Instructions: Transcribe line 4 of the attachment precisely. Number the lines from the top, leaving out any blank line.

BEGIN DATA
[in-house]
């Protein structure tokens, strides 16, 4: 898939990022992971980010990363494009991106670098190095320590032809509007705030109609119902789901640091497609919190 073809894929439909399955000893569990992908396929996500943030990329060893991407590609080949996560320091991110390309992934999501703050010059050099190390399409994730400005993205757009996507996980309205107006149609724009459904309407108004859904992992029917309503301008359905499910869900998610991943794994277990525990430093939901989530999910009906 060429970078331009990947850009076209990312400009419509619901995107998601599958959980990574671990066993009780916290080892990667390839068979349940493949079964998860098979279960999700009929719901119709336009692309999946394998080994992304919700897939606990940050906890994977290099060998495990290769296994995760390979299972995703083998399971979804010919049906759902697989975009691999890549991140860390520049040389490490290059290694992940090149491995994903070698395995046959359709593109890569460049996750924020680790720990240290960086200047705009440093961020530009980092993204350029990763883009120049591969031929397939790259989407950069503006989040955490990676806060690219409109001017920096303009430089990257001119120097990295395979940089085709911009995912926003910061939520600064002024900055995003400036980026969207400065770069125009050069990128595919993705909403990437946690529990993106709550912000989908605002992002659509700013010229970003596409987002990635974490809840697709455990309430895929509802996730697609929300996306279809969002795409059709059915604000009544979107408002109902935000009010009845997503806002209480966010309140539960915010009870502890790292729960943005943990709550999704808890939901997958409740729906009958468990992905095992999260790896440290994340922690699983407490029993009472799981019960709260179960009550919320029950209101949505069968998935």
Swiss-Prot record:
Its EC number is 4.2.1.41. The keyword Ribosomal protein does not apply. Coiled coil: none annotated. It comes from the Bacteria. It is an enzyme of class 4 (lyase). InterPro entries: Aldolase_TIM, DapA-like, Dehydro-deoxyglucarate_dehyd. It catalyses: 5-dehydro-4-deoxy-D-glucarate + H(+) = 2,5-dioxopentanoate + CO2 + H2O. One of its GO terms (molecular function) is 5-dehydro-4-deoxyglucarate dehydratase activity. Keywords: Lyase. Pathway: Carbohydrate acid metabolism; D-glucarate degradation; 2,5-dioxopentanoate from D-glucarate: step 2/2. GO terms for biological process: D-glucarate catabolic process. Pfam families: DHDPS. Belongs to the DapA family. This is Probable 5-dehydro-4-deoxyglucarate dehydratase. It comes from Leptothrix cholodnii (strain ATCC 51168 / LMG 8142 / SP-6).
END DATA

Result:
Its EC number is 4.2.1.41. The keyword Ribosomal protein does not apply. Coiled coil: none annotated. It comes from the Bacteria. It is an enzyme of class 4 (lyase). InterPro entries: Aldolase_TIM, DapA-like, Dehydro-deoxyglucarate_dehyd. It catalyses: 5-dehydro-4-deoxy-D-glucarate + H(+) = 2,5-dioxopentanoate + CO2 + H2O. One of its GO terms (molecular function) is 5-dehydro-4-deoxyglucarate dehydratase activity. Keywords: Lyase. Pathway: Carbohydrate acid metabolism; D-glucarate degradation; 2,5-dioxopentanoate from D-glucarate: step 2/2. GO terms for biological process: D-glucarate catabolic process. Pfam families: DHDPS. Belongs to the DapA family. This is Probable 5-dehydro-4-deoxyglucarate dehydratase. It comes from Leptothrix cholodnii (strain ATCC 51168 / LMG 8142 / SP-6).